A major funder of transportation projects across Northern Virginia isn’t giving up on Arlington’s long-stymied efforts to build second entrances for the Crystal City and Ballston Metro stations, though any substantial progress remains elusive.
For years, the county has planned on paying for the new entrances by pairing its own money with some funding from the Northern Virginia Transportation Authority, a group that doles out sales tax revenues to transportation projects around the region.
Transportation planners view second entrances at the stations as crucial to encouraging Metro ridership in each neighborhood, and coping with the rapid pace of development in both areas.
However, Arlington’s plans have come under some serious pressure along two fronts in recent months. The county’s declining revenues and rising expenses have forced officials to pare back funding for some long-range construction projects, and that’s included the second entrances at Ballston, Crystal City and East Falls Church.
Meanwhile, the NVTA took a major funding hit when the landmark deal struck by state lawmakers to provide dedicated funding for Metro diverted tens of millions away from the group each year, a move condemned by Democrats but insisted upon by Republicans as a way to fund Metro without raising taxes.
That’s prevented the NVTA from funding all the projects it might like, including the second entrances. Even still, Monica Backmon, NVTA’s executive director, says that the county remains well positioned to earn the cash it needs to complete the projects from her organization — though, perhaps, not as quickly as its leaders might like.
“When we’ve already invested in projects like these, we want to see them come to fruition,” Backmon told ARLnow. “We still believe in them.”
The second entrance in Crystal City seems particularly likely to earn a bit more cash from the NVTA in the near term, Backmon said. Her group could only hand out about $5 million for the effort in its most recent round of awarding funding for projects, which she expects will fund about “half of the design costs” for the effort.
The county is still settling on the specifics around the second entrance, though it will likely sit at the intersection of Crystal Drive and 18th Street S. Given the substantial new development JBG Smith is already plotting for that location, when combined with the close proximity of the Virginia Railway Express station, Backmon said the NVTA remains quite bullish on the project going forward.
“There’s a lot of development going on in the area, so we know there’s a need,” Backmon said. “Provided they’re advancing on the design work, they can come back and reapply for more funds.”
Backmon even expects that the NVTA could send the county the other half of that design funding as soon as next year. She plans to wait a bit to see what state officials might do — the county has applied for $78 million of the project’s $91 million price tag as part of the state’s “SmartScale” funding program, and the Commonwealth Transportation Board is set to make a decision on that cash by next June.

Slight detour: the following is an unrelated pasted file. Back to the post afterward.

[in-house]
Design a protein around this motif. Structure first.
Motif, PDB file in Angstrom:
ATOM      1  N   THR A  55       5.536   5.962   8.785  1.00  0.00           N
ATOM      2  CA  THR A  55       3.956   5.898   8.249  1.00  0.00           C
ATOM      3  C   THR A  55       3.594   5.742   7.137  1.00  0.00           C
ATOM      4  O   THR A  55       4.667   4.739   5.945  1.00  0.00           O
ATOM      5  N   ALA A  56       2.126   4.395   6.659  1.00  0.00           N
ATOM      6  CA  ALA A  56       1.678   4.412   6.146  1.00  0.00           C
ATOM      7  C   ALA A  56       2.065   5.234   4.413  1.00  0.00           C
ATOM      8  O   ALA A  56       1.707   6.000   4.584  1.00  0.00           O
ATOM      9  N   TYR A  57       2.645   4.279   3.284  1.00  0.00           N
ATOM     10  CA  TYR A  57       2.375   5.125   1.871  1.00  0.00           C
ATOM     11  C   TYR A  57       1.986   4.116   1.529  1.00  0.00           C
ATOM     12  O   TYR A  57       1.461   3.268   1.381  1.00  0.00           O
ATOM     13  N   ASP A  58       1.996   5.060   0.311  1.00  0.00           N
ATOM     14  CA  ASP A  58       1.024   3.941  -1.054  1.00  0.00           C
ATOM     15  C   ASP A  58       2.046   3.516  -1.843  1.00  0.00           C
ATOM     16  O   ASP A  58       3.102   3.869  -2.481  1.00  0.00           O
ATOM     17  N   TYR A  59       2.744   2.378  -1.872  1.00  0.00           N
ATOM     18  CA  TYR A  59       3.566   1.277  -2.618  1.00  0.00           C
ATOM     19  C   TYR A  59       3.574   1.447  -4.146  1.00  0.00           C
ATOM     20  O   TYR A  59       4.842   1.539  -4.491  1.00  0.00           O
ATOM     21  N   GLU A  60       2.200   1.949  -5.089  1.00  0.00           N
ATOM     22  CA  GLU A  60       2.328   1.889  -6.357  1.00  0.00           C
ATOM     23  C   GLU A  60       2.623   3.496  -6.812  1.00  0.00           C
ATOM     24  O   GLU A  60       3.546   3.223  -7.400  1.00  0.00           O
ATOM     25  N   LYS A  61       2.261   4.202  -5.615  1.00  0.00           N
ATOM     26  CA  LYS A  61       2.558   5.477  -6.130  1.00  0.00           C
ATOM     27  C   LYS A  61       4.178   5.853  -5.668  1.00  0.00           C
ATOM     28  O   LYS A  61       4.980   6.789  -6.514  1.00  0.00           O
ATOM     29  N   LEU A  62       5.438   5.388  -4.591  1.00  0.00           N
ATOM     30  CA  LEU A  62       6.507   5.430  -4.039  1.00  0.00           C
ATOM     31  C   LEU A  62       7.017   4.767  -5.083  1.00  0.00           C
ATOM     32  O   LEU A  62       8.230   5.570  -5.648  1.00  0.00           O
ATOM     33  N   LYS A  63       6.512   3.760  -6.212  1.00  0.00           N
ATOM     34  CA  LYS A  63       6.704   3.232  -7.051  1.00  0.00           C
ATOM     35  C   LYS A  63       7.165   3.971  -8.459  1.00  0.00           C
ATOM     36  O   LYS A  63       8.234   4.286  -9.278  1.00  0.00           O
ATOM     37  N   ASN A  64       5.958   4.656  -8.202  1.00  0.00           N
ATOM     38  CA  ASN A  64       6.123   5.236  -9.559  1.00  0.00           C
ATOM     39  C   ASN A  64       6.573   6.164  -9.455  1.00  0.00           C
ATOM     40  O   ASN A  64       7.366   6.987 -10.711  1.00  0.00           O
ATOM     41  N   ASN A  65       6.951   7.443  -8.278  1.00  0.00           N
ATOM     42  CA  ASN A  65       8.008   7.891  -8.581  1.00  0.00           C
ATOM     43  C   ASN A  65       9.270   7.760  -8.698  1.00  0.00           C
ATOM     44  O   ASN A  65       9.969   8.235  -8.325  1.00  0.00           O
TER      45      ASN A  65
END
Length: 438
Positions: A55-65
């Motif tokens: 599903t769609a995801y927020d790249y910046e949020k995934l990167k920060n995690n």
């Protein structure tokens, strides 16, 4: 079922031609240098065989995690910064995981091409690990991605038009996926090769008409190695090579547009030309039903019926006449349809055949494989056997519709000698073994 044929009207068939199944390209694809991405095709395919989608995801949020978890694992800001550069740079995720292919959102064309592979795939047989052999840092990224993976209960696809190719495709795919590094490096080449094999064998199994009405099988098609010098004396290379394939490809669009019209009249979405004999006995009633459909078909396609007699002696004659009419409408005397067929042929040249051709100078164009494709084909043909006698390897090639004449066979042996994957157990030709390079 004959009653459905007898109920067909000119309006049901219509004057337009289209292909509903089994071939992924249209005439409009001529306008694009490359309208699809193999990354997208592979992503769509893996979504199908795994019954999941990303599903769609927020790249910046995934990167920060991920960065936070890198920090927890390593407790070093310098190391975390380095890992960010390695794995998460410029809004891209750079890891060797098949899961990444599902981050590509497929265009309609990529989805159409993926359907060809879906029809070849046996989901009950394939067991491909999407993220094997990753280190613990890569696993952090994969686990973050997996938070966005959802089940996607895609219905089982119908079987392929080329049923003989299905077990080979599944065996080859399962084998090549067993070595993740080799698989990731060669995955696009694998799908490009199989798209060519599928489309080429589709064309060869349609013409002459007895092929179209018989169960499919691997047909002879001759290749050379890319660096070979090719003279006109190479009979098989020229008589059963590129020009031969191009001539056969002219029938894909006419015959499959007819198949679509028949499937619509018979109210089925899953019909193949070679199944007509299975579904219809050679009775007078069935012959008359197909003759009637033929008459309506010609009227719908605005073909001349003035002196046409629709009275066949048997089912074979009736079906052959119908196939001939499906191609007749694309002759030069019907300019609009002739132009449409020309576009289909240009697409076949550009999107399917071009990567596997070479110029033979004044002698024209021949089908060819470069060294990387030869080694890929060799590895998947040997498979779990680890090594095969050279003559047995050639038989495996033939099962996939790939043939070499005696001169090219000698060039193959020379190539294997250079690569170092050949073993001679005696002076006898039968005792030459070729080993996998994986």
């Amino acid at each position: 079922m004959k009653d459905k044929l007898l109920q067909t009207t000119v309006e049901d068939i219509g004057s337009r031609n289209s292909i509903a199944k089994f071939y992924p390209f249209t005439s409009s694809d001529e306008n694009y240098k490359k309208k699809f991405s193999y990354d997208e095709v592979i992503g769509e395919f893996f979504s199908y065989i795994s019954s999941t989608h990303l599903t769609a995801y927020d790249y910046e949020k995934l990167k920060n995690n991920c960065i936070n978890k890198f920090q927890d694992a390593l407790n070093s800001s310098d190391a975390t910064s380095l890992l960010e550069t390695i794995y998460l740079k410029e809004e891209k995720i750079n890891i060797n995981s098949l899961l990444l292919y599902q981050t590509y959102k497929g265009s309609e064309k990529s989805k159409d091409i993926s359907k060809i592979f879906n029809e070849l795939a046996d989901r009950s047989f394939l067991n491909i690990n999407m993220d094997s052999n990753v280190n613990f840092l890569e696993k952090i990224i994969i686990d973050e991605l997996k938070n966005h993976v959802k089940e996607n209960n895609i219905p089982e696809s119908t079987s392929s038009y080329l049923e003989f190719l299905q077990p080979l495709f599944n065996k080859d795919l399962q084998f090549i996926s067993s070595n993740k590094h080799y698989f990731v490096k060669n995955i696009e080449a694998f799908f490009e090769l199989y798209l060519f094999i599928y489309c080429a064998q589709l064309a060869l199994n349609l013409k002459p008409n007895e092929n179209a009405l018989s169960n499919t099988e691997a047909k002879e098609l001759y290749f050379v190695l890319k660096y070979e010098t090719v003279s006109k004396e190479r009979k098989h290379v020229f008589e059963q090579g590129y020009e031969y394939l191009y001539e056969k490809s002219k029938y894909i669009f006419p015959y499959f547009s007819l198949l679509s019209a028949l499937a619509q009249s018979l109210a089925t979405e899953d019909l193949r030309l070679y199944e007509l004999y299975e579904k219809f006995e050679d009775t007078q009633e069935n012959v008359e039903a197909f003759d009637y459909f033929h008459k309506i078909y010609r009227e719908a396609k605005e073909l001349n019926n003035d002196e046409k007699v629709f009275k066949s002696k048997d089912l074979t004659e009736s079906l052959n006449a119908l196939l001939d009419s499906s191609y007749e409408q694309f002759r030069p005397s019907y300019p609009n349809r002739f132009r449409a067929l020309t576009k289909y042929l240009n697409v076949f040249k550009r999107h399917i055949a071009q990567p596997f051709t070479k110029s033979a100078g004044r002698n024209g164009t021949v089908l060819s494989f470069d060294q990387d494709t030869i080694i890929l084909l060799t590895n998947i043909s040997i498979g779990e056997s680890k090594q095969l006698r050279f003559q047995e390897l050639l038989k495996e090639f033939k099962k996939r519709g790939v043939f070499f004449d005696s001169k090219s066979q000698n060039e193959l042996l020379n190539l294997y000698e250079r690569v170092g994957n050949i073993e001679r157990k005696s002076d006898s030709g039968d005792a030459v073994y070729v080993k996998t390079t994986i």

Then, in July, the NVTA will start its own funding process, allowing Backmon to see whether or not her group needs to step in to give Arlington a boost. By then, officials will also likely know whether they also need to prepare for Amazon’s arrival in Crystal City or not, another key variable in the discussion.
“The density in Arlington really is different than in the outside the Beltway localities,” Backmon said. “That project is important to relieve bottlenecks, on Metro and on roads.”
The process for finding funding for the Ballston second entrance is a bit murkier. The NVTA has already sent the county $12 million to fund a western entrance to the station, though that’s far short of the $72 million Arlington officials hoped to receive for the effort.
Backmon’s group declined to devote any additional cash to the Ballston project this summer, and she notes that the NVTA saw needs elsewhere that were “a little more pressing.” But county officials have been anxious to show some progress on the effort, not only to better prepare to cope with the slew of new developments on N. Glebe Road, but also to ensure that Arlington doesn’t lose out on the state funding it’s already received for the project.
Backmon says she can’t be sure whether the Ballston project will be a strong candidate to earn more NVTA money next year, but she is confident that the existing cash isn’t going anywhere.
“We haven’t given up on the project and still think it’s important,” Backmon said. “The fact that we’ve already invested $12 million in it speaks for itself… so we’re comfortable we’re in a place that the project is advancing. We’re not looking to take away any funds.”
Of course, it wouldn’t hurt the project’s chances either if state lawmakers acted early next year to restore the NVTA to its former funding levels.
She pegs the group’s current annual loss from the Metro funding deal at close to $102 million, a bit up from earlier estimates, and is desperately hoping that the General Assembly follows through on Gov. Ralph Northam’s proposal to bump up a few Northern Virginia tax rates to make the math work for the NVTA.
Northam and his fellow Democrats have already pledged to reexamine the issue next year, though, as Backmon acknowledges, any such effort “in an election year” for the General Assembly will be a tricky one.
“Our statewide funding pots are shrinking, but our needs are growing,” Backmon said. “We want to make sure this is on everyone’s radar, and that people understand that, while we made adjustments, we definitely want to be restored to where we were before.”